A media watchdog group said on Tuesday it has urged President Barack Obama to end the US military's practice of detaining journalists without charges and asked for a full investigation into killings of journalists by US military forces. The Committee to Protect Journalists also noted in its annual study of attacks against the press that Iraq remained the most dangerous country for the profession, with 11 journalists killed in 2008. That number is down from 2007 and 2006, when 32 journalists died each year.
The total number of journalists who died because of their work also declined worldwide for the first time since 2001 to 41, down from 63 in 2007. Five died in Pakistan, and four in India, the committee reported.
Joel Simon, the group's executive director, attributed the decline in Iraq to improved security in the country, a decreased presence of international media there _ including local Iraqi employees _ and a reduction in combat-related fatalities. The number of journalists in prison also declined slightly in 2008, with 125 journalists in jail as of Dec. 1, compared with 127 the previous year.
Officials with the New York-based group took the United States to task, saying the detention of journalists without trial by U.S. authorities in such countries as Iraq has reduced America's standing in the world and emboldened other countries to do the same. "America has always stood as a beacon for freedom of the press, and it would be a great time to reaffirm those principles," said Paul Steiger, the group's board chairman. Steiger is editor-at-large for The Wall Street journal and a vice president of Dow Jones & Co., which publishes the Journal.
Steiger said he sent a letter to Obama's transition team last month shortly before Obama was inaugurated as president. He noted in it that 14 journalists have been held without due process for long periods in Iraq, Afghanistan and at the Guantanamo Bay Naval Base. Sixteen journalists have been killed by US fire in Iraq, he said.
"We don't believe that these are deliberate attacks, but they have not been adequately investigated," Simon said. There has been no response from the Obama administration to the committee's letter so far, but "we plan to follow up," Simon said in an e-mail after the news conference.
Journalists detained by U.S. forces in Iraq include Associated Press photographer Bilal Hussein, who was held without charges for two years before being released in April 2008.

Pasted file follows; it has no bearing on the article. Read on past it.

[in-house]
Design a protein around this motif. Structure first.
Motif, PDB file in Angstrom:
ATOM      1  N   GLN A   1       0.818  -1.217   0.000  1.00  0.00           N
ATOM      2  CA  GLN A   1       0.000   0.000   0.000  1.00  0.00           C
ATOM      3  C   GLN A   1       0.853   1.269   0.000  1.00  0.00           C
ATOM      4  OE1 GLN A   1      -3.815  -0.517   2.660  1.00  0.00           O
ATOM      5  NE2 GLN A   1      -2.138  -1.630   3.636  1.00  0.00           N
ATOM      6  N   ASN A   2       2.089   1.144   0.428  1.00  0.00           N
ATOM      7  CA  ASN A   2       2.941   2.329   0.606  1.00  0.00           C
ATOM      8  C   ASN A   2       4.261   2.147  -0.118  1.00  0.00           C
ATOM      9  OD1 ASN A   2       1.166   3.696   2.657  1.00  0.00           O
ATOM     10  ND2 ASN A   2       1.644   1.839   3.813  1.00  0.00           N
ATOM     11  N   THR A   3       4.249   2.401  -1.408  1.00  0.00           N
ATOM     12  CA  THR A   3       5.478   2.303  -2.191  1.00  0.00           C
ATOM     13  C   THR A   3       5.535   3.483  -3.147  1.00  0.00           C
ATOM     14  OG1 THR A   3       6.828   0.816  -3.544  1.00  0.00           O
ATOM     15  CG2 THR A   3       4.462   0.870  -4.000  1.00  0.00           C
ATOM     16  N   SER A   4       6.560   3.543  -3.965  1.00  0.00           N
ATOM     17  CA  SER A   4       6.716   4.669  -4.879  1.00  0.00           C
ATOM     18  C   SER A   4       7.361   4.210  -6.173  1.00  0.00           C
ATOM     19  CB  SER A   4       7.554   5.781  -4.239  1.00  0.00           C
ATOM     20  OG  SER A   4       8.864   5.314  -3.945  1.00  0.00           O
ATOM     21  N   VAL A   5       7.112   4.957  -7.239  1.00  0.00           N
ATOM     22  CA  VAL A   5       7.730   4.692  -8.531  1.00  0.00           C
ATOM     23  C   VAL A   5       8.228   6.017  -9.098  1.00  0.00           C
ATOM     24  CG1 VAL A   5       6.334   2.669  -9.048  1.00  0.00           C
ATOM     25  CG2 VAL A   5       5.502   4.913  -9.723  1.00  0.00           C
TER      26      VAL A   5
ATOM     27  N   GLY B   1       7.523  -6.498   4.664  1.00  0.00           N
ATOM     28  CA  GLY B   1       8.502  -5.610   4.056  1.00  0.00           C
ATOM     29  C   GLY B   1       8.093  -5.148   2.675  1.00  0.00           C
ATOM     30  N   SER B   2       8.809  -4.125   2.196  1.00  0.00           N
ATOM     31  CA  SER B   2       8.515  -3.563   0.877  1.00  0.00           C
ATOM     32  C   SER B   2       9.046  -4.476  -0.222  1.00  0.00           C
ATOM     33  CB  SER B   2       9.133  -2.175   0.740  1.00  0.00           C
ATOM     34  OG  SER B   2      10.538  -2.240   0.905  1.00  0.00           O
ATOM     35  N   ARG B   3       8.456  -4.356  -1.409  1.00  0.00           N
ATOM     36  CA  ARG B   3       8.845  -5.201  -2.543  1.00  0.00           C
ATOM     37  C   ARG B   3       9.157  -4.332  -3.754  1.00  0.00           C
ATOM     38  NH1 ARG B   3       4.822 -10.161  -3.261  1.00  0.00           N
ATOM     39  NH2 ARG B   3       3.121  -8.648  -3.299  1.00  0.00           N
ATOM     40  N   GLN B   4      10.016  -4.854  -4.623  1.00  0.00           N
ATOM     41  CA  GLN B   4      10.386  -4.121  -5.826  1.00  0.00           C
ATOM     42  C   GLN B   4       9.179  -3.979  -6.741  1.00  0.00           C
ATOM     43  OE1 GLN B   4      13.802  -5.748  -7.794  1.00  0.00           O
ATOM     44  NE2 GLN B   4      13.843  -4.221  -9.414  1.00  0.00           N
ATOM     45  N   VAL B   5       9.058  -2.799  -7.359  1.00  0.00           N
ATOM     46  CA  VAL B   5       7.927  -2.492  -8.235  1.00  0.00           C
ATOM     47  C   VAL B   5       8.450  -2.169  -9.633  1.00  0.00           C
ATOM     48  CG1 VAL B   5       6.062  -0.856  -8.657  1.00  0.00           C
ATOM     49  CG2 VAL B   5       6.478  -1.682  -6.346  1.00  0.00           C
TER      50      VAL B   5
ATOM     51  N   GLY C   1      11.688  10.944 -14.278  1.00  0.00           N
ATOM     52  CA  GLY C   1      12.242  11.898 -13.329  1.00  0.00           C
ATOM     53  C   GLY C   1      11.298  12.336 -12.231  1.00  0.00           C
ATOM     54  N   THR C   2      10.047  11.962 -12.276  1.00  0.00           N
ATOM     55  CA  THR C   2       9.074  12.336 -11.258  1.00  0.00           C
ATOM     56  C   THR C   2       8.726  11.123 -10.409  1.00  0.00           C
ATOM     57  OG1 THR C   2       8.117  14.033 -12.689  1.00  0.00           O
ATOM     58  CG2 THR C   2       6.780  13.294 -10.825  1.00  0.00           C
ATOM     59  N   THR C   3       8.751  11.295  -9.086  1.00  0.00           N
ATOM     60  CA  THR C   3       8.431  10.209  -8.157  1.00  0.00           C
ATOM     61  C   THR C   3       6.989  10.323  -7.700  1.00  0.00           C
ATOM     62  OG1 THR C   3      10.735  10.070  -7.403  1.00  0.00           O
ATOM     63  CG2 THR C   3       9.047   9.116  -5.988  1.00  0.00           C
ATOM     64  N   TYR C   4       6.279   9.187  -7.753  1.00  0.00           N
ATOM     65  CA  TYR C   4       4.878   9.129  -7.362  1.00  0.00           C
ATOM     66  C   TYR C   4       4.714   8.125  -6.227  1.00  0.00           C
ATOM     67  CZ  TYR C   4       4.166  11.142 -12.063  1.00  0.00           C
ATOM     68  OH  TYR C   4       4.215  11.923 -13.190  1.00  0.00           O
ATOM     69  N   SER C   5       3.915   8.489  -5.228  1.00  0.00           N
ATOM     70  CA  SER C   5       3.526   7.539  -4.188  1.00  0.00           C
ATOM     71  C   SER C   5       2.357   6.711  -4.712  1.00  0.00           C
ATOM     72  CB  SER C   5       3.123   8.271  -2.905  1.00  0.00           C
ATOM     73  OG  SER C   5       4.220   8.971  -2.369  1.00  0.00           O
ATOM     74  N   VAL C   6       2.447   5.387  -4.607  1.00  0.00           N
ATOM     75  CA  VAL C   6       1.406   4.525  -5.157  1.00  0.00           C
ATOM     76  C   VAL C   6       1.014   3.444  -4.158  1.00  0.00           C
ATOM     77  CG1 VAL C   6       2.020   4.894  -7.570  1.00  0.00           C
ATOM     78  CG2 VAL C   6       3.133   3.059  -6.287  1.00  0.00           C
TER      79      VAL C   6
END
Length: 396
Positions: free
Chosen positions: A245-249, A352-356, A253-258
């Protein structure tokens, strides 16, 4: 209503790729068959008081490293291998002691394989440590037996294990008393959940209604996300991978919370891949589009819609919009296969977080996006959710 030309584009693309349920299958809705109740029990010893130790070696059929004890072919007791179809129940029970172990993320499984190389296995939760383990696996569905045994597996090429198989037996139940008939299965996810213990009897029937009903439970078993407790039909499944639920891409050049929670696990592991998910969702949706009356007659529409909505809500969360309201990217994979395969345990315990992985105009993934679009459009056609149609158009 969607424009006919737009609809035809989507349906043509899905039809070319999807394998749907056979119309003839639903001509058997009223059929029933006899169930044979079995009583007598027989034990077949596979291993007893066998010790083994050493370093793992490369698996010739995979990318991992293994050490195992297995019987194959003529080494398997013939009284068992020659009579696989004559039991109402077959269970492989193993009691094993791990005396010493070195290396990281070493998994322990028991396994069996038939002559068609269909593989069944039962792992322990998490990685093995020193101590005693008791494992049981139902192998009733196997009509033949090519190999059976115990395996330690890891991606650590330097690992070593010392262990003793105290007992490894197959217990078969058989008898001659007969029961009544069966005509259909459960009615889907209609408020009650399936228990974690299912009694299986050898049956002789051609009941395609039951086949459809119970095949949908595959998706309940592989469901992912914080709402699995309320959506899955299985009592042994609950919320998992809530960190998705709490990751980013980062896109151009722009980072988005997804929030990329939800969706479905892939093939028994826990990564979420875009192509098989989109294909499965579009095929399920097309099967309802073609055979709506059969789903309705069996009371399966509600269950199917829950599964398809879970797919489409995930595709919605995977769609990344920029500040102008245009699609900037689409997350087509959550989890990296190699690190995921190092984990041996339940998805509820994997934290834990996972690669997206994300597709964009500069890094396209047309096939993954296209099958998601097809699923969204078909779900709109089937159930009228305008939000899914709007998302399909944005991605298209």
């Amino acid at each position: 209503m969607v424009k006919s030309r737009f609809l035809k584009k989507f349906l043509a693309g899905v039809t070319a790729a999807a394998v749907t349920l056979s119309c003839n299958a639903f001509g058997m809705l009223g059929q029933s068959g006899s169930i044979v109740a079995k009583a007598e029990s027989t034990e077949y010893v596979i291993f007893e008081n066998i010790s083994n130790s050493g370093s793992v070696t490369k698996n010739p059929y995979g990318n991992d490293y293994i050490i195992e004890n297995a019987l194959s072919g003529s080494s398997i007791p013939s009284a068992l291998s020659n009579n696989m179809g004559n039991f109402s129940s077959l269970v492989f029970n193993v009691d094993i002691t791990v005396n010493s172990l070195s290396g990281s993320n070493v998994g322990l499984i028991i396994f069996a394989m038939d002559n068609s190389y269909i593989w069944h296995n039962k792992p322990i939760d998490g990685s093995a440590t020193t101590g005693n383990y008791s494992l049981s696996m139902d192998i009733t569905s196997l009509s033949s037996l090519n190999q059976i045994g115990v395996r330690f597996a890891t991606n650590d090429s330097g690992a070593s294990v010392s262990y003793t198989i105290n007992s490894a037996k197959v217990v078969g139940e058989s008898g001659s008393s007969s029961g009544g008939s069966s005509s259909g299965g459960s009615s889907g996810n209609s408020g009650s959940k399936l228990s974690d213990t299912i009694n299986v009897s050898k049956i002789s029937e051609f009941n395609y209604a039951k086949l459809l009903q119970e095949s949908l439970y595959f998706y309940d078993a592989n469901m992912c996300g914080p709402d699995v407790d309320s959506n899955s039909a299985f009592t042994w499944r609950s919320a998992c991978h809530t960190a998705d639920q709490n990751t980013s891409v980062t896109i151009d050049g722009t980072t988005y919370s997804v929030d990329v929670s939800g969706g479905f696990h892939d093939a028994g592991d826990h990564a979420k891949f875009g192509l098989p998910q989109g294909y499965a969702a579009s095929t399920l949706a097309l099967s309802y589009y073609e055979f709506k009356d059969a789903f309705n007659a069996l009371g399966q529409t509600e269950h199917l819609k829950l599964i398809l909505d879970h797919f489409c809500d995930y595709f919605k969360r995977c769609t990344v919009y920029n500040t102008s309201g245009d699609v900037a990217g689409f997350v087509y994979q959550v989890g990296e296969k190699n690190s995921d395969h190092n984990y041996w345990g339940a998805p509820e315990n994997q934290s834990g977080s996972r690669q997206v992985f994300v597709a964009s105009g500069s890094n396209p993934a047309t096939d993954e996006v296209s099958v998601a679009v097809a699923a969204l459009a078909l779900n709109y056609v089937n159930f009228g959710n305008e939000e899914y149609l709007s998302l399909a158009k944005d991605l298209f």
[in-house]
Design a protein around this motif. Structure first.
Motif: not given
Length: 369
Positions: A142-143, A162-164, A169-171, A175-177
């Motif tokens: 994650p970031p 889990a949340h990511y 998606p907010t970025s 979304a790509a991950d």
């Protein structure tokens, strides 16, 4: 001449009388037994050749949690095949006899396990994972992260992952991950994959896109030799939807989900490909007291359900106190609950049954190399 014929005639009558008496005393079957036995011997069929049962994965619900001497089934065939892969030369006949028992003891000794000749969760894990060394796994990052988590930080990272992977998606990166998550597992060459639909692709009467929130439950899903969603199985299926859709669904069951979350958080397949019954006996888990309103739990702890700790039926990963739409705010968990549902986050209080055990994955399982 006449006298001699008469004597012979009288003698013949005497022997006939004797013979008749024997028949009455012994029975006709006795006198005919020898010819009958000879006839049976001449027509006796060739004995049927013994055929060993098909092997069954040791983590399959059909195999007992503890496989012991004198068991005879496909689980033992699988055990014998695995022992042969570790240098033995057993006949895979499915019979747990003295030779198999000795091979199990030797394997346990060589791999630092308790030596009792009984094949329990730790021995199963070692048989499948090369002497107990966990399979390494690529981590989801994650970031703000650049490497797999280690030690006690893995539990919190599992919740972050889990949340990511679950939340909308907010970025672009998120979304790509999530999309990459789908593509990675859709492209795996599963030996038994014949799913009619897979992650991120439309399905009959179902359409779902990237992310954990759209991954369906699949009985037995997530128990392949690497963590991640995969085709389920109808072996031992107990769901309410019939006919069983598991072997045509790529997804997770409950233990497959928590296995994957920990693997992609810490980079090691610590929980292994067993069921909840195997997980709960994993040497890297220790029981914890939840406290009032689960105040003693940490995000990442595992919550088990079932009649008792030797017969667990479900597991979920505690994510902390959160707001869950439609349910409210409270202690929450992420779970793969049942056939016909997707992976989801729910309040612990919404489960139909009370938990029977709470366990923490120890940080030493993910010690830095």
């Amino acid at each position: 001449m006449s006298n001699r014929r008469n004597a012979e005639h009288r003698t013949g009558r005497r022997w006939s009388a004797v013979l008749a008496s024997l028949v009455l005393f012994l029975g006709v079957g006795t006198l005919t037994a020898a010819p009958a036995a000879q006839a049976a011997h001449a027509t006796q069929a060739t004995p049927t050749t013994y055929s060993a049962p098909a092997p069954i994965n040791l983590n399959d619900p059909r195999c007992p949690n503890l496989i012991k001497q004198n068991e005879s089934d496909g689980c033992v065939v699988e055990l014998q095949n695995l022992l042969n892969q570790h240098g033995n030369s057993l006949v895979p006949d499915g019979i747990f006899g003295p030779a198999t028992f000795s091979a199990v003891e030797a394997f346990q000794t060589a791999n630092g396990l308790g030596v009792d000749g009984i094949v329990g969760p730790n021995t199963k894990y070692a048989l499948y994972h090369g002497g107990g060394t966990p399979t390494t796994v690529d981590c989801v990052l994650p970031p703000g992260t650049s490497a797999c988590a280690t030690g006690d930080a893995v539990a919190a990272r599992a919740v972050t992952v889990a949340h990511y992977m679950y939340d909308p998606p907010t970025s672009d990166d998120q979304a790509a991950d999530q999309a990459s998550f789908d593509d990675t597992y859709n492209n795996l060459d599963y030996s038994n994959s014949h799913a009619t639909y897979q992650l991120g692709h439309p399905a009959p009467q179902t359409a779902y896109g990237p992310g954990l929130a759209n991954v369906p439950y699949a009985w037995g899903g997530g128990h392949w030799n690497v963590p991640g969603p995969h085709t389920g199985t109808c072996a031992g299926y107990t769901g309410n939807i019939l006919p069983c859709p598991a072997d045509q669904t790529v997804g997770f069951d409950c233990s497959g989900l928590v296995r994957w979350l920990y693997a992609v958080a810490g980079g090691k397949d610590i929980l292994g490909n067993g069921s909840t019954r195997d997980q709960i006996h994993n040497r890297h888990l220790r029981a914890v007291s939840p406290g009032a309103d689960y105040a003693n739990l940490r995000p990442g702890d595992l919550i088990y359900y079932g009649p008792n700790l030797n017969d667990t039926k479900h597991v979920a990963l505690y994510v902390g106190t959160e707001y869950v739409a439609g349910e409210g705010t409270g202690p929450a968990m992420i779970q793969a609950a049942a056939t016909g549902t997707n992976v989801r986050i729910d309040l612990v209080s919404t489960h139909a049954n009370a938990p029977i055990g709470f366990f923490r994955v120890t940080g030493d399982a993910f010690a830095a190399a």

A freelance photographer working for Reuters, Ibrahim Jassam, is the only journalist who remains jailed. He was detained by U.S. forces in Baghdad on Sept. 2, Steiger said in his letter to Obama dated Jan. 12.
"To assert moral authority we must first put our own house in order," Steiger wrote.
Worldwide, the report found that violent criminal gangs, paramilitaries, drug traffickers and street gangs routinely terrorize journalists in such countries as Brazil, Colombia, and Mexico.
Vietnam, Burma, Thailand and other countries in Southeast Asia have been following China's model of controlling the Internet and punishing those who get around the restrictions.
The report, titled "Attacks on the Press," also noted that reporters in Africa rely on text messaging, though that same technology also is being used to send threatening messages to reporters and editors, the group found. It criticized the control over television coverage of the conflict in South Ossetia by the Russian and Georgian governments, and warned of a new regional agreement that threatens independent satellite stations in the Middle East.
In addition to the deaths in Iraq, India and Pakistan, three journalists were killed in Georgia and the same number in Thailand; two died in Afghanistan, the Philippines, Russia, Somalia and Sri Lanka; while Bolivia, Cambodia, Croatia, Israel and the occupied territories, and Mexico each saw one journalist killed.